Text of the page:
South Australia has to deal with some of the most difficult source water supplies in Australia. River Murray water is notoriously turbid and many parts of Adelaide’s densely populated natural catchments have polluted waterways.
Despite this, SA Water provides 98% of the population with high quality filtered water which meets or exceeds standards set by the Australian Drinking Water Guidelines.
In the early 1970s the then State Government decided that the solution for Adelaide’s water supply was filtration, a water treatment process which would ensure the supply met the high standards regarded as desirable for the city.
Distribution of filtered water began on 11 September 1977 with the commissioning of the Hope Valley Water Filtration Plant.
The second plant, at Anstey Hill, was commissioned on 29 January 1980. The third, at Barossa was officially opened on 31 October 1982 and the fourth, at Little Para, on 23 November 1984.
The first stage of the largest plant, at Happy Valley opened on 12 November 1989 and the plant was completed and commissioned in 1991.
The Myponga Water Filtration Plant opened on 25 November 1993 and is the sixth and final plant to serve metropolitan Adelaide.
At the completion of these ambitious projects, 85% of South Australians were enjoying the benefits of filtered water.
SA Water’s next goal was to extend the delivery of filtered water to residents living outside the metropolitan area. Until 1997 the only area outside Adelaide receiving filtered water was the Upper Spencer Gulf region served by the Morgan Filtration Plant.
SA Water decided to package the next phase of its water quality improvement program into an innovative Build Own Operate Transfer contract for 10 Country Filtration Plants to serve the Adelaide Hills, Barossa Valley, Mid-North, upper South-East and the larger towns along the River Murray.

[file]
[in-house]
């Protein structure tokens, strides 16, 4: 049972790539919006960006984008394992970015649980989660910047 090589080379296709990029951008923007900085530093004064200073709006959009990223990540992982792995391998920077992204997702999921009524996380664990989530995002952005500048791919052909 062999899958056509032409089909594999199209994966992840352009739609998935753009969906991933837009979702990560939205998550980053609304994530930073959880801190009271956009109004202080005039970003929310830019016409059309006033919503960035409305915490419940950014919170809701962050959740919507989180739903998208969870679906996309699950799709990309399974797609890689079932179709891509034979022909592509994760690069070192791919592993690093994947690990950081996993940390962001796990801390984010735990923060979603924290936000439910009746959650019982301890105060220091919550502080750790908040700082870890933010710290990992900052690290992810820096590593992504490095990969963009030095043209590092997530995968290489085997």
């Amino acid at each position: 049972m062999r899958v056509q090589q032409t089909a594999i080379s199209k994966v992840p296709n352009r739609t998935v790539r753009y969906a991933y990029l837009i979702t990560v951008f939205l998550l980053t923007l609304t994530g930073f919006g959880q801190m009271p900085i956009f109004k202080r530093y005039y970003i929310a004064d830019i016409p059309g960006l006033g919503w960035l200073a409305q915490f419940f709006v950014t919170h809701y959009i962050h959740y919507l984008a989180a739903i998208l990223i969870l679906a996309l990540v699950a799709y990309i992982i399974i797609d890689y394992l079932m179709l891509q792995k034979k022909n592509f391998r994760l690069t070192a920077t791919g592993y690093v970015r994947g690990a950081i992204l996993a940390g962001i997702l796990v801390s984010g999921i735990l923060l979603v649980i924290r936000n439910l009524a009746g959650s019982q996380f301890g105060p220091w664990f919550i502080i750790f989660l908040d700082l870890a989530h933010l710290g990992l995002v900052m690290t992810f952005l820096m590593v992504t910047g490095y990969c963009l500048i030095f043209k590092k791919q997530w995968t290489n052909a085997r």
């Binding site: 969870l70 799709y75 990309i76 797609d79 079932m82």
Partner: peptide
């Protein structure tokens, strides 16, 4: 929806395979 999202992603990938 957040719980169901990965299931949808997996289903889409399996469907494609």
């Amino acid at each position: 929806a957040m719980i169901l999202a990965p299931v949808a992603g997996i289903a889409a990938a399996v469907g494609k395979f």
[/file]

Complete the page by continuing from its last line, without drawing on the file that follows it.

The $115 million project, won by Riverland Water, is now providing filtered water to more than 100,000 people in over 90 rural communities.
In 2007 SA Water commissioned 10 water treatment plants along the River Murray servicing small communities including Mypolonga, Cadell and Morook.
At the same time, SA Water turned its attention to Kangaroo Island and how to provide filtered water to this internationally recognised ecotourism destination.
Two plants now operate on the Island, a standard filtration plant at Middle River and a state-of-the-art saltwater desalination plant at Penneshaw.
In 2002, a new water treatment plant featuring world-first technology came on line to provide clear, clean drinking water to more Adelaide Hills residents.
The Mount Pleasant MIEX® (Magnetic Ion Exchange) Plant incorporates technology developed by SA Water, CSIRO and Orica (formally ICI).
Some towns in the upper South East of South Australia get their water from underground aquifers containing water high in iron. Special Iron Removal Plants have been constructed to remove the iron before the water is sent into the mains system.